Jump to navigation Jump to search


Aurichalcite acicular crystals

A pale green to blue mineral that is sometimes found as a encrustations on bronzes. Aurichalcite is composed of copper zinc carbonate hydroxide. As a mineral, it forms in the oxidation zones of zinc-copper deposits. Sources of the mineral are found in Greece (Laurium), Namibia (Tsumeb, Marpimi), Mexico (Durango), and the U.S. (Bisbee Arizona, Colorado, Utah. The transparent to translucent needle-like crystals grow as aggregates.

Synonyms and Related Terms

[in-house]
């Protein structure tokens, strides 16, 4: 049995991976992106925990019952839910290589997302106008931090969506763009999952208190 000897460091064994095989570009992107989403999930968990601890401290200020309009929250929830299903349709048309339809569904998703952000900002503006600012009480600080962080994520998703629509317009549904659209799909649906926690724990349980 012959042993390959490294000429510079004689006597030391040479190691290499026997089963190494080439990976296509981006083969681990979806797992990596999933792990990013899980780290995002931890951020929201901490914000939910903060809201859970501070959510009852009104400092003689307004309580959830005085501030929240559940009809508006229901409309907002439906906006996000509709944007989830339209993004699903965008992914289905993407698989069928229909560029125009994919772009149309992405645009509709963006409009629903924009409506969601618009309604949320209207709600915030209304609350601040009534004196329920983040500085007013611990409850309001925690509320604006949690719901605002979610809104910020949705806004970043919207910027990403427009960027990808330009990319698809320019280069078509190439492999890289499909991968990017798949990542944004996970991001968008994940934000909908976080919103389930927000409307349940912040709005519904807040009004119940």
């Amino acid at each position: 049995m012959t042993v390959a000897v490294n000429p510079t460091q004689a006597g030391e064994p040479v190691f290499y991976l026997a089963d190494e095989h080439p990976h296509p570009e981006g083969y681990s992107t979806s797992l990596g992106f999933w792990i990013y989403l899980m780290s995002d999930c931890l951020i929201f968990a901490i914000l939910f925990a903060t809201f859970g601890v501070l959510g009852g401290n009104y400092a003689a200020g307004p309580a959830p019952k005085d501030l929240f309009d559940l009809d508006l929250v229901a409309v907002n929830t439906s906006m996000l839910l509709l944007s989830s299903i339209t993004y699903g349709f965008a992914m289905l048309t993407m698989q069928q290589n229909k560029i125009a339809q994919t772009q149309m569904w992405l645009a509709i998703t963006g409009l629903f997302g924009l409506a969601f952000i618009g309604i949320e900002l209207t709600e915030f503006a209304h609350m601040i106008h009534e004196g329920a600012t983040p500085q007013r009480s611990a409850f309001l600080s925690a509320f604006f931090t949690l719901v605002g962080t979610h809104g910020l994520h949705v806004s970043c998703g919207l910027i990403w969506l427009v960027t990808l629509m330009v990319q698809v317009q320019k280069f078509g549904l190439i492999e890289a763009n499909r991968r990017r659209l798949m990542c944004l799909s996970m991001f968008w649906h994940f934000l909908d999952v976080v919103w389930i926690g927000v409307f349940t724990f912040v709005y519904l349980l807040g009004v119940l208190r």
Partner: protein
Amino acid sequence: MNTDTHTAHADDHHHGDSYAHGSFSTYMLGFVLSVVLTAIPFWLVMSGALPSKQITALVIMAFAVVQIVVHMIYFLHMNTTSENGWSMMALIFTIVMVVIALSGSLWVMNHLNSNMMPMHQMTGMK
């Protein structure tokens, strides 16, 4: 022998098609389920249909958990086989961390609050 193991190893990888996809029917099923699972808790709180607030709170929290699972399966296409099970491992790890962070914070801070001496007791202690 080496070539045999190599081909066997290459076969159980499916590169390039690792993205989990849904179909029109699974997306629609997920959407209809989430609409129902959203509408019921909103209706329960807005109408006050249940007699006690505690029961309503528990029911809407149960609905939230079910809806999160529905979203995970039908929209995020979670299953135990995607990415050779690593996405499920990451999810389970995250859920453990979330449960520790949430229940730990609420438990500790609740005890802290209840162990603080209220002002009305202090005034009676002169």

mountain copper; oreichalkos (Gr.)

Raman (U of Parma)


Raman (RRUFF)

Aurichalcite Raman RRUFF R050297.png


Aurichalcite IR-ATR RRUFF R050297.png

Physical and Chemical Properties

  • Transparent acicular, orthorhombic crystals with silky to pearly in luster; 
  • Streak = white; 
  • Fracture = uneven; 
  • Cleavage is perfect in one direction;  
  • Reacts with acids to release carbon dioxide bubbles.
Composition (Zn,Cu)5(CO3)2(OH)6
Mohs Hardness 1 - 2
Density 3.6 - 4.0 g/ml
Molecular Weight mol. wt. = 546.71

Resources and Citations

  • Minerals: (density 3.6-4.0, hardness 1-2)
  • Website: (hardness 1.5, density 3.93)
  • Website: (density 3.64-3.9, hardness 2)

Retrieved from ""